Features I by I 04.11.17

Rabit’s Les Fleurs Du Mal is a divine opium for mortal hearts

On Les Fleurs Du Mal, Rabit harnesses the influence of Charles Baudelaire, Current 93 and Coil to shed the rhythmic and melodic chains of his previous work and embark on a journey into hedonism, mysticism and spirit. John Twells submerges himself in an acid bath of sound that highlights the disruption and malaise of the modern world.

“Dear Beelzebub, I adore you,” a French voice stutters as Les Fleurs Du Mal stirs into existence. These are the closing words of Charles Baudelaire’s controversial ‘Le Possédé’, recited by Cecilia in full on ‘Possession’ and obfuscated by eerie grime stabs. Underpinned by crack commandments and the rhythmic clink of steel on Pyrex, the track drags the listener into Rabit’s psyche in a tumble of carnivalesque color, religious symbolism and death metal drama that’s completely by design.

Les Fleurs Du Mal is a welcome crystallization for the producer, born Eric Burton, who described it to The FADER as his “purest statement yet.” He achieved notoriety as an unwitting component of the experimental grime scene when Double Dragon captured hearts, minds and SoundCloud followers back in 2013. But by the time he released his debut album Communion two years later, Burton’s interests had shifted and he began to obscure his well-worn grime and rap signifiers in sheets of white noise and layers of diegetic sound, allying himself with a polarizing wave of “deconstructed club” vanguards.

Here, Burton finally allows himself to sever a cultural cord, ignoring the contemporary loop of de- and re-construction in search of deeper truths. He cites Current 93’s controversial founder David Tibet as an influence and exchanged messages with the neo-folk mystic as he was piecing together the record. ‘Dogsblood Redemption’ addresses this inspiration directly, nodding to Current 93’s terrifying 1983 full-length Dogs Blood Rising. It was Tibet, in fact, who inspired Burton to dive headfirst into literature for inspiration and, in doing so, persuaded the producer to be unafraid of crafting what might be described as “lower” forms of music.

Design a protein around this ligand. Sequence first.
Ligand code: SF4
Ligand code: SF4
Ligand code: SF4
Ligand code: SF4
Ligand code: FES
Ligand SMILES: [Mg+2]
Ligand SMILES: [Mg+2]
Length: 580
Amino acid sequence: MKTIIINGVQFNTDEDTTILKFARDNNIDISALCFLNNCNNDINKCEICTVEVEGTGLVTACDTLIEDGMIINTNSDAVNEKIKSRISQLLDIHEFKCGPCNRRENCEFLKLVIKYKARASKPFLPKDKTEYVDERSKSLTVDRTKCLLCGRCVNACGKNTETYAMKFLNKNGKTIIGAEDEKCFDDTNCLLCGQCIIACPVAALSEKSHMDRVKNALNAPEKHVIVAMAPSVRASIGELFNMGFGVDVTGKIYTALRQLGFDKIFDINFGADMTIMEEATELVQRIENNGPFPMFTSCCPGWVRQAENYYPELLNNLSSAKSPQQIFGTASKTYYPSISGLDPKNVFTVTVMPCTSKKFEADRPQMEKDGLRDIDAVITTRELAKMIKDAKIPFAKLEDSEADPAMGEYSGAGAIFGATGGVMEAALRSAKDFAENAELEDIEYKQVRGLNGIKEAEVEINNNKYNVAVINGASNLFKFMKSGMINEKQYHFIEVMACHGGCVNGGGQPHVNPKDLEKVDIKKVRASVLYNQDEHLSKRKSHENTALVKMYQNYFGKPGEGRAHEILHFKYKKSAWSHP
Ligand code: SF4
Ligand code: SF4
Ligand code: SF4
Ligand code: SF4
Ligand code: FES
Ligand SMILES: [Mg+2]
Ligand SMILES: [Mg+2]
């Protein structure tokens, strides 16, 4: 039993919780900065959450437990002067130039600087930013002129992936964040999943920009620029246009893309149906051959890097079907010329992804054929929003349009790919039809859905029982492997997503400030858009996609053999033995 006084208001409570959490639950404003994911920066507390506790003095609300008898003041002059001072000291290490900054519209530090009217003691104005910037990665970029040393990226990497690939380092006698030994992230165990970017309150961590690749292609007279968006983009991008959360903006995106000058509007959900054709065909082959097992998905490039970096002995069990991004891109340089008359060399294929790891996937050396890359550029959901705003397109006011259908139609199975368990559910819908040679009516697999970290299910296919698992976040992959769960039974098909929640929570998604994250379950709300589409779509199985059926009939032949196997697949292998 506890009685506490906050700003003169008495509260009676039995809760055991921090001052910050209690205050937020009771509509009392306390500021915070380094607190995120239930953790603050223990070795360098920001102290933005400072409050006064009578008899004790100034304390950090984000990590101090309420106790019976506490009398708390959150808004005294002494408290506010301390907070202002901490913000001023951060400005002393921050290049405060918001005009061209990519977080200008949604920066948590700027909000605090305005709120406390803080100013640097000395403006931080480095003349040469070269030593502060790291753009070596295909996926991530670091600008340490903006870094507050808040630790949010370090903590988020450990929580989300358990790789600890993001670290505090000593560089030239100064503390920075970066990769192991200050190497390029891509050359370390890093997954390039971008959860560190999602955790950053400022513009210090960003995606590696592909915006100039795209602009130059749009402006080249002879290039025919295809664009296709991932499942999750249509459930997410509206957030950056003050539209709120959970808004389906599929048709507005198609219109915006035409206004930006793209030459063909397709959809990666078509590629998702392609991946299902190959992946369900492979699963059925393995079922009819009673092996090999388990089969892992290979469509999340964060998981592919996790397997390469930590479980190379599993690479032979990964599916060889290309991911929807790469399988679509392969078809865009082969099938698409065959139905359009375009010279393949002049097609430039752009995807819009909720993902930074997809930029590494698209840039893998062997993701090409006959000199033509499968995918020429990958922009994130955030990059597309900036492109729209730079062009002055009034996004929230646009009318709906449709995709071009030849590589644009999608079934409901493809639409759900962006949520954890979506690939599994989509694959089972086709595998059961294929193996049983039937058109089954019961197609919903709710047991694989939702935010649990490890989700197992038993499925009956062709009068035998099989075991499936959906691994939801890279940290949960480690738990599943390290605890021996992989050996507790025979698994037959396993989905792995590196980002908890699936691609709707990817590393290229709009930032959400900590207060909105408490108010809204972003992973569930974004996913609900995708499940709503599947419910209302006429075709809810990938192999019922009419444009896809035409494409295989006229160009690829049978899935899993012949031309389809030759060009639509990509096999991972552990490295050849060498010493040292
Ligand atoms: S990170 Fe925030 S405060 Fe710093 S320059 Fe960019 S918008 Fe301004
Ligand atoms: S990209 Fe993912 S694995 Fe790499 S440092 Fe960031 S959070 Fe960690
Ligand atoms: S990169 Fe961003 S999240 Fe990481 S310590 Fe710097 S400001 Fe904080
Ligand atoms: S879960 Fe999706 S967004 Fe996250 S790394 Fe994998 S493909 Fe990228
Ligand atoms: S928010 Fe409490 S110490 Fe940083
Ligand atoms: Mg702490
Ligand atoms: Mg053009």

This breakthrough has freed Burton considerably. Communion was a powerful album that dated itself inadvertently, catching a wave that soon drowned it. But Les Fleurs Du Mal is markedly distinct – obstinate even, as Burton repeatedly makes choices that refuse to endear him to the casual listener. There are few “songs” here; rather, this is a series of haunted, psychedelic vignettes – bite-sized musings that reach for the darkest and lightest recesses of the spirit, discarding the husk of mediocrity and laziness.

Stylistically, Burton covets the industrial deviancy of his most formative influence: Coil. The pioneering act have long been an obsession, but here Burton allows himself to not exactly replicate their blend of wonky electronics and sexually-charged experimentation, but take the template and apply it to a different form. It shouldn’t be too surprising then that ex-Coil man Drew McDowall makes an appearance, offering modular synthesizer blurts for Burton to reconfigure completely. But it is Burton’s dedication to the hedonism, sexuality and illicit mysticism of Baudelaire that feels most indebted to John Balance and Peter Christopherson’s magickal musick.

Baudelaire sits at the front and center of the album, which takes its title from the French poet’s most notorious volume. Published in 1857, the poems shocked and disgusted France and Baudelaire was convicted, along with his publisher, for what was described as an assault on public morality. His dislike and subversion of romanticism alarmed conservatives and his reliance on decadence and abstraction was seen as a danger to impressionable minds. Baudelaire was presciently toying with perception – finding beauty in the urban landscapes that blotted out traditionalism and forecast an age we’re still in thrall of.

Burton takes Baudelaire’s thread and knots it into what he describes as “deep content”, disregarding the “song” with its melodies and structured rhythms to attempt something more gestural. On ‘The Whole Bag’, trace rhythmic elements peek out from their superb cadaver, devouring familiar sounds with worms’ kisses. ‘Rosy Cross’, meanwhile, references masonic mysticism through the smog of industry, allowing the noise to subside for a moment as plucked strings echo through the abyss.

Les Fleurs Du Mal finds beauty in the modern world’s unrelenting ugliness – it doesn’t celebrate it, but explores at least part of it. “Music often transports me like the sea,” Baudelaire writes in ‘La Musique’. “I feel vibrating within me all the passions; of ships in distress.” This polar unease is Burton’s greatest triumph – he damns nothing, exploring darkness until it becomes oddly airy and lightness until it’s crushingly solemn. In doing so, it feels representative of our disrupted, rapidly-changing reality. “She is weeping, fool, because she has lived; and because she lives,” muses Baudelaire in ‘Le Masque’. “But what she deplores; most, what makes her shudder down to her knees; is that tomorrow, alas! she will still have to live; tomorrow, after tomorrow, always! — like us!”

John Twells is FACT’s managing editor. Find him on Twitter.

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